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Old 01-14-09, 09:18 PM   #1
gman26
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Thinking about doing the LA Marathon - training suggestions

I have been running for 30 years, so, I think it's time I do a Marathon.

The LA Marathon is coming up in May, and I'm not getting any younger.
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Old 01-14-09, 09:21 PM   #2
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I am doing Rock-N-Roll Arizona this weekend, and the Carlsbad marathon next weekend. What do you want to know?
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Old 01-14-09, 09:28 PM   #3
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Any specific mileages/increases, etc.
Frequency of workouts; I'm planning on running, cycling and weight training.

Not sure if there is any specific routine that works better.
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Old 01-14-09, 09:41 PM   #4
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I usually take about 16 weeks to train for a full marathon. I am a racewalker and do at least 6 miles every Saturday so that is my base. Here is my training schedule, numbered as weeks before the race:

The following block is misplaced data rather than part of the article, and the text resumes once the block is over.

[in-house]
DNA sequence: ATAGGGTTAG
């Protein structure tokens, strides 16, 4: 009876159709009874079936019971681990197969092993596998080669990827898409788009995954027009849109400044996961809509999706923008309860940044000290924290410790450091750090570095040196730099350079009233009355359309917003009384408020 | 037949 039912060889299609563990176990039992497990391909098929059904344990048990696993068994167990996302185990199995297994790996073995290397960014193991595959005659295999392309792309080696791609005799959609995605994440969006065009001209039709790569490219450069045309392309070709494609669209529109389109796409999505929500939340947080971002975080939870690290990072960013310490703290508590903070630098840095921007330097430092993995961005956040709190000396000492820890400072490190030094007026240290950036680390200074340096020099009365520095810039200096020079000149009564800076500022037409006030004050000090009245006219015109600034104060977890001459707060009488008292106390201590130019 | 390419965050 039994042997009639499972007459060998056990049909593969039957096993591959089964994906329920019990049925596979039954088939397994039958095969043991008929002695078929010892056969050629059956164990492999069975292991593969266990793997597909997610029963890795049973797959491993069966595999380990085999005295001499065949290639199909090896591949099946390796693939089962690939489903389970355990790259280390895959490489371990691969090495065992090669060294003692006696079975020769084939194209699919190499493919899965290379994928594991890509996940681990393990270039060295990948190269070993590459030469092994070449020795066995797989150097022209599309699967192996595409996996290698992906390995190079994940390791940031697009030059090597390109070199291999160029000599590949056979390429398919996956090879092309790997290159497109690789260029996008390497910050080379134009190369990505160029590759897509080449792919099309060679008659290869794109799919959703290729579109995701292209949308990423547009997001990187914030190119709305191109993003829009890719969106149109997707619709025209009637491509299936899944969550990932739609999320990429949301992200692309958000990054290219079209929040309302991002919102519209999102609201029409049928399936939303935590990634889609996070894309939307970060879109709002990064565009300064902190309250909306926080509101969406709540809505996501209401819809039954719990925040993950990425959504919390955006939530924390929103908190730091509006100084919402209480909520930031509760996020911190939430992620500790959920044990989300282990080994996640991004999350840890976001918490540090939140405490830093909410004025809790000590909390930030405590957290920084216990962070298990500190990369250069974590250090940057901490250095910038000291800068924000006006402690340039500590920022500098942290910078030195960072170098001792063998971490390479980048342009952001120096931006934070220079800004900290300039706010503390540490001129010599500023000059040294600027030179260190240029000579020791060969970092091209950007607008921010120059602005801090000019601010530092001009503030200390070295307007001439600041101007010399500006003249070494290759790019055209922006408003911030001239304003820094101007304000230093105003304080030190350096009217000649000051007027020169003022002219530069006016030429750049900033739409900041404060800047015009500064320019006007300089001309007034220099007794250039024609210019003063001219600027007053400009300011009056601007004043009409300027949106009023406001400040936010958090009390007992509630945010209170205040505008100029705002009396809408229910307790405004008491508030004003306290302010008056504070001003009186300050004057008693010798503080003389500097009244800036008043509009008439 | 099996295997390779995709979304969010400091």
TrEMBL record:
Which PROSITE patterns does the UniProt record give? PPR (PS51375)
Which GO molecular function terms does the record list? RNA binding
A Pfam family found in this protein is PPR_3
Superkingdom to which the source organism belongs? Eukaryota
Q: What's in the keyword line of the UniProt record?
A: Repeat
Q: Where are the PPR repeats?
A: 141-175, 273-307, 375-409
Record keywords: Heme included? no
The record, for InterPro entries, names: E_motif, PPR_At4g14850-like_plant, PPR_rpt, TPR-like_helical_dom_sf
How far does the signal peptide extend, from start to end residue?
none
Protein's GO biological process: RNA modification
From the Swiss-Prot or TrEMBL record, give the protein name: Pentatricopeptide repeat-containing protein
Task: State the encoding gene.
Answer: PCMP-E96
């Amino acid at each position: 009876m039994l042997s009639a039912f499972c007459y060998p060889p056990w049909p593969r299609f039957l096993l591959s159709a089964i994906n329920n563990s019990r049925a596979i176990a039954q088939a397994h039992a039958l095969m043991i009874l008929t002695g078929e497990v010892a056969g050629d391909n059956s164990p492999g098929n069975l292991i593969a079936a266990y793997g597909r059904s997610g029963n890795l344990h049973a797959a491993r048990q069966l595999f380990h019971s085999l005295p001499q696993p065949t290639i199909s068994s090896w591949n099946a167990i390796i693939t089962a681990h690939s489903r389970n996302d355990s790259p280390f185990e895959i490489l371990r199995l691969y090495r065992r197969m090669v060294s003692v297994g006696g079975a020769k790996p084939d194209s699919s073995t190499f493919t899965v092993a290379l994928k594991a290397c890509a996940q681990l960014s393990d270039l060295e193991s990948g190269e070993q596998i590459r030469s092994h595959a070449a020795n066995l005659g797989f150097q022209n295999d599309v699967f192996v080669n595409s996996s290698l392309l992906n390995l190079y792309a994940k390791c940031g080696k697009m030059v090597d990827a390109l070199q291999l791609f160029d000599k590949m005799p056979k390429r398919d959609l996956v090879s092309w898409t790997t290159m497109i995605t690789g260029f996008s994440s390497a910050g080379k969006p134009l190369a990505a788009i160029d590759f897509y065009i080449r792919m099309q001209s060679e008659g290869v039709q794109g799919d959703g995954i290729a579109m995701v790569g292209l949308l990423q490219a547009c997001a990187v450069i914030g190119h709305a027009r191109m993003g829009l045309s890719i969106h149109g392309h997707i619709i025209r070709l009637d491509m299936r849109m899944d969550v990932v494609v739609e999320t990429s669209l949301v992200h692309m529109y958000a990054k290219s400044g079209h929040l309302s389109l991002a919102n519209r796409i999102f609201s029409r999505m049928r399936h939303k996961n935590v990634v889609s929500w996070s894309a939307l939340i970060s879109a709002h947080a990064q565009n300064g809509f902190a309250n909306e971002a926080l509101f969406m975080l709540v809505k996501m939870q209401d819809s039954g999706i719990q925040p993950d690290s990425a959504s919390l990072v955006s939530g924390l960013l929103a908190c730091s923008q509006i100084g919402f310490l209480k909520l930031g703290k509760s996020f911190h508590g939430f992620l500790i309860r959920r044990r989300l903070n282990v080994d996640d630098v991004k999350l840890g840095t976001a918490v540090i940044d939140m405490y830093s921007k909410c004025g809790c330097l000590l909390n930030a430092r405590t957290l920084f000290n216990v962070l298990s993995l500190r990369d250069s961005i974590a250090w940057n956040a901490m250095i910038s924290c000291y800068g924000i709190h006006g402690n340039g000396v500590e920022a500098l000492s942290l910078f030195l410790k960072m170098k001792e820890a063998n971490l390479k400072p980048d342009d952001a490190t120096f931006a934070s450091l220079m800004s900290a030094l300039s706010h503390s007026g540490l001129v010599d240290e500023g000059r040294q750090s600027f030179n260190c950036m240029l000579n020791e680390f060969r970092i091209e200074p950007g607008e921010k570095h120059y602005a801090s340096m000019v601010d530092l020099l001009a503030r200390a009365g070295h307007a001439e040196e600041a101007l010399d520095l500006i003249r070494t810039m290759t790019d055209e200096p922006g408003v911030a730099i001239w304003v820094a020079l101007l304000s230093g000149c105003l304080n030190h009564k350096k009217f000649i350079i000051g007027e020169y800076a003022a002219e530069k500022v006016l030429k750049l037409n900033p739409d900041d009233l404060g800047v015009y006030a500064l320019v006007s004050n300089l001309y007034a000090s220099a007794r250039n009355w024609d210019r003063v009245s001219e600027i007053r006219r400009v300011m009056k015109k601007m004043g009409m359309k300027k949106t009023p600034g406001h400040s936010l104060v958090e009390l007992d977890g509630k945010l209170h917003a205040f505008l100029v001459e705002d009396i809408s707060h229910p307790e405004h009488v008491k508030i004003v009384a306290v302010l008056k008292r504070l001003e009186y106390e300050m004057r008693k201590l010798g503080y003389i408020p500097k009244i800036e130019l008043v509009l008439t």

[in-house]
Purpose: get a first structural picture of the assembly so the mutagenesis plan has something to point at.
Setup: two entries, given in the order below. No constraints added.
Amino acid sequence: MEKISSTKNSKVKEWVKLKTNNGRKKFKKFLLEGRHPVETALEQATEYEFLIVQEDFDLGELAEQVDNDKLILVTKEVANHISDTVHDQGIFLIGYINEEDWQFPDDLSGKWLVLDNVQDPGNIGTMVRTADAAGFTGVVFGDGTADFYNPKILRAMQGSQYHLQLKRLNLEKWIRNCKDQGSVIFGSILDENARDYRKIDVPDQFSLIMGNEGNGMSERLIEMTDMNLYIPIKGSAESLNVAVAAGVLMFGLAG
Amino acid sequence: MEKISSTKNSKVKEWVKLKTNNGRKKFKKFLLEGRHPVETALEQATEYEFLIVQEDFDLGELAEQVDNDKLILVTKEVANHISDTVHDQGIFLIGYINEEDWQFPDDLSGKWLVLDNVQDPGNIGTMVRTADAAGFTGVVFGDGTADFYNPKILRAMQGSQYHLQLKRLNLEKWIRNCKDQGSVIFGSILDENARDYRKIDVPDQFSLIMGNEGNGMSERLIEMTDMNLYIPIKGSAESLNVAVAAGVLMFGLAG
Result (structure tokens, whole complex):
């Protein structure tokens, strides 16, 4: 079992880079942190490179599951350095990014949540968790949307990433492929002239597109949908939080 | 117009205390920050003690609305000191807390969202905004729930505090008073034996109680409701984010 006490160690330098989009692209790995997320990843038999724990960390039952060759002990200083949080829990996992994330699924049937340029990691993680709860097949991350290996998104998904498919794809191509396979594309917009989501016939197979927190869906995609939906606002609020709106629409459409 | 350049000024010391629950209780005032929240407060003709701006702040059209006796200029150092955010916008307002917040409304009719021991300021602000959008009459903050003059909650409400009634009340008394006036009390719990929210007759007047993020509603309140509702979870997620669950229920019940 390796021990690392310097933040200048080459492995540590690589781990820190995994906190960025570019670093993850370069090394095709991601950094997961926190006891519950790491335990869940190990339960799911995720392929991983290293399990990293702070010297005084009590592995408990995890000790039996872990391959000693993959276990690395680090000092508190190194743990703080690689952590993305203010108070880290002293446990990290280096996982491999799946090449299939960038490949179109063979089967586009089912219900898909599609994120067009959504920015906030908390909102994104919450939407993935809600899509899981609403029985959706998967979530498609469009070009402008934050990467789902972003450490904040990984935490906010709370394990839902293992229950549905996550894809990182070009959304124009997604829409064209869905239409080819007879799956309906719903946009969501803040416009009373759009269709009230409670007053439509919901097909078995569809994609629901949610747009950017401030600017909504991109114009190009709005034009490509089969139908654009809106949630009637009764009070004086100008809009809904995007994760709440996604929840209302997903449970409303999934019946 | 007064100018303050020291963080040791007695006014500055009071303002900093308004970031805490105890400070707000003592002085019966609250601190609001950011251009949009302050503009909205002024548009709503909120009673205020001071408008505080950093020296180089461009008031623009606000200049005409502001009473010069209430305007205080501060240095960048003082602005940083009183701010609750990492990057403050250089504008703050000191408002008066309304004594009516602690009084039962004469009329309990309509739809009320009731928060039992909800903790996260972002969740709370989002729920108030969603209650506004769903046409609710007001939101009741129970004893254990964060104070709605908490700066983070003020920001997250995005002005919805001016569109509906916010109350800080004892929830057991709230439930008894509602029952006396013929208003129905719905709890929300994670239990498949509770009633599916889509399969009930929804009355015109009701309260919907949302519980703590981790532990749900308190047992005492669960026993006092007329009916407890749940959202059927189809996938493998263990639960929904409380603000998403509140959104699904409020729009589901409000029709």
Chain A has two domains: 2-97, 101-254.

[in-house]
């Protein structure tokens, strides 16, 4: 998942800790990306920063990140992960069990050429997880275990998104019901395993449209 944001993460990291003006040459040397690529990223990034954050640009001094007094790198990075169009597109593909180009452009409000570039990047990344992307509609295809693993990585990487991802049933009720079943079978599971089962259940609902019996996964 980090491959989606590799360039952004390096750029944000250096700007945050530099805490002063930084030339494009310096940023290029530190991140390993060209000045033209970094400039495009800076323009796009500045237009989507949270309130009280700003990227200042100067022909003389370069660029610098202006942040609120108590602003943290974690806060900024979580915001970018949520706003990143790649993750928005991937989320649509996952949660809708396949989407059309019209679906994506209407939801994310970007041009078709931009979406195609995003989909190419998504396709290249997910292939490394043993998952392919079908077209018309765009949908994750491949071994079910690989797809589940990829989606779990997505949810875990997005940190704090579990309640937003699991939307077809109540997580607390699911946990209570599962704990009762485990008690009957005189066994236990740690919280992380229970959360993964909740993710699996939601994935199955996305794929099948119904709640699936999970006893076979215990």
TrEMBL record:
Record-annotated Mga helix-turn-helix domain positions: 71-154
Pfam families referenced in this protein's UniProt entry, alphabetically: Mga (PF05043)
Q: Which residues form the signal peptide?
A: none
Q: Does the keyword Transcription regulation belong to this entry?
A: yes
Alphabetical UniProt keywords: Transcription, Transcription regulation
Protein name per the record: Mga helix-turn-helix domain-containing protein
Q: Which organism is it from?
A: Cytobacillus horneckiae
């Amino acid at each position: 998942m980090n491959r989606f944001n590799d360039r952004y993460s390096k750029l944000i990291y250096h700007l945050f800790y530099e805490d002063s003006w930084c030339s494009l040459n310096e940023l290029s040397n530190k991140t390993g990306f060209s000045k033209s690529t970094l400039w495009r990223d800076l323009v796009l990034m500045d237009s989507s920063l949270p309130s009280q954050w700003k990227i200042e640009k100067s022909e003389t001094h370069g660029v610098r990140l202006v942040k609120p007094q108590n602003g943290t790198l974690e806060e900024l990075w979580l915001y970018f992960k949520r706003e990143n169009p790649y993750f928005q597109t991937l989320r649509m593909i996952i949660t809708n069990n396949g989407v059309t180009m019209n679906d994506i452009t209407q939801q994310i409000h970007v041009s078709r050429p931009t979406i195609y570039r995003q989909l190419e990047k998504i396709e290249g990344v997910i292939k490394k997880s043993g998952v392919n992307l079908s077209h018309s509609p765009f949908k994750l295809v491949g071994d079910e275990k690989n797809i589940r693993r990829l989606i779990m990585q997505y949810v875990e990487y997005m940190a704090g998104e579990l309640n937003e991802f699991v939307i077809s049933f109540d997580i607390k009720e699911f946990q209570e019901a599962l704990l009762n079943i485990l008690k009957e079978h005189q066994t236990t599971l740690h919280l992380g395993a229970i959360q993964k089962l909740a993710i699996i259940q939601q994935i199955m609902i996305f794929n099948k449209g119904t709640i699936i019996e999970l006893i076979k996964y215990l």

16. 8 miles
15. 10 miles
14. 8 miles
13. 12 miles
12. 10 miles
11. 14 miles
10. 10 miles
9. 16 miles
8. 10 miles
7. 18 miles
6. 10 miles
5. 20 miles
4. 10 miles
3. 20 miles
2. 14 miles
1. 10 miles
0. race day

I like to do two 20-milers, but you can do just one and still be fine. I like doing long miles every other week; it's hard for me to do long stuff every weekend. I worked with a coach to develop this training schedule. He said that the 10 miles every other week would give me enough base so I could do the first half of the race pretty much on auto-pilot, and he was right.
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Old 01-14-09, 09:43 PM   #5
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Quote:
Originally Posted by CbadRider View Post
I usually take about 16 weeks to train for a full marathon. I am a racewalker and do at least 6 miles every Saturday so that is my base. Here is my training schedule, numbered as weeks before the race:

16. 8 miles
15. 10 miles
14. 8 miles
13. 12 miles
12. 10 miles
11. 14 miles
10. 10 miles
9. 16 miles
8. 10 miles
7. 18 miles
6. 10 miles
5. 20 miles
4. 10 miles
3. 20 miles
2. 14 miles
1. 10 miles
0. race day

I like to do two 20-milers, but you can do just one and still be fine. I like doing long miles every other week; it's hard for me to do long stuff every weekend. I worked with a coach to develop this training schedule. He said that the 10 miles every other week would give me enough base so I could do the first half of the race pretty much on auto-pilot, and he was right.
Thanks! That looks like a nice regimen.
I am going to print that out and start my program.
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Old 01-14-09, 09:52 PM   #6
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Just make sure you register for the race in plenty of time. Sometimes they sell out.
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Old 01-14-09, 09:57 PM   #7
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Quote:
Originally Posted by gman26 View Post
Thanks! That looks like a nice regimen.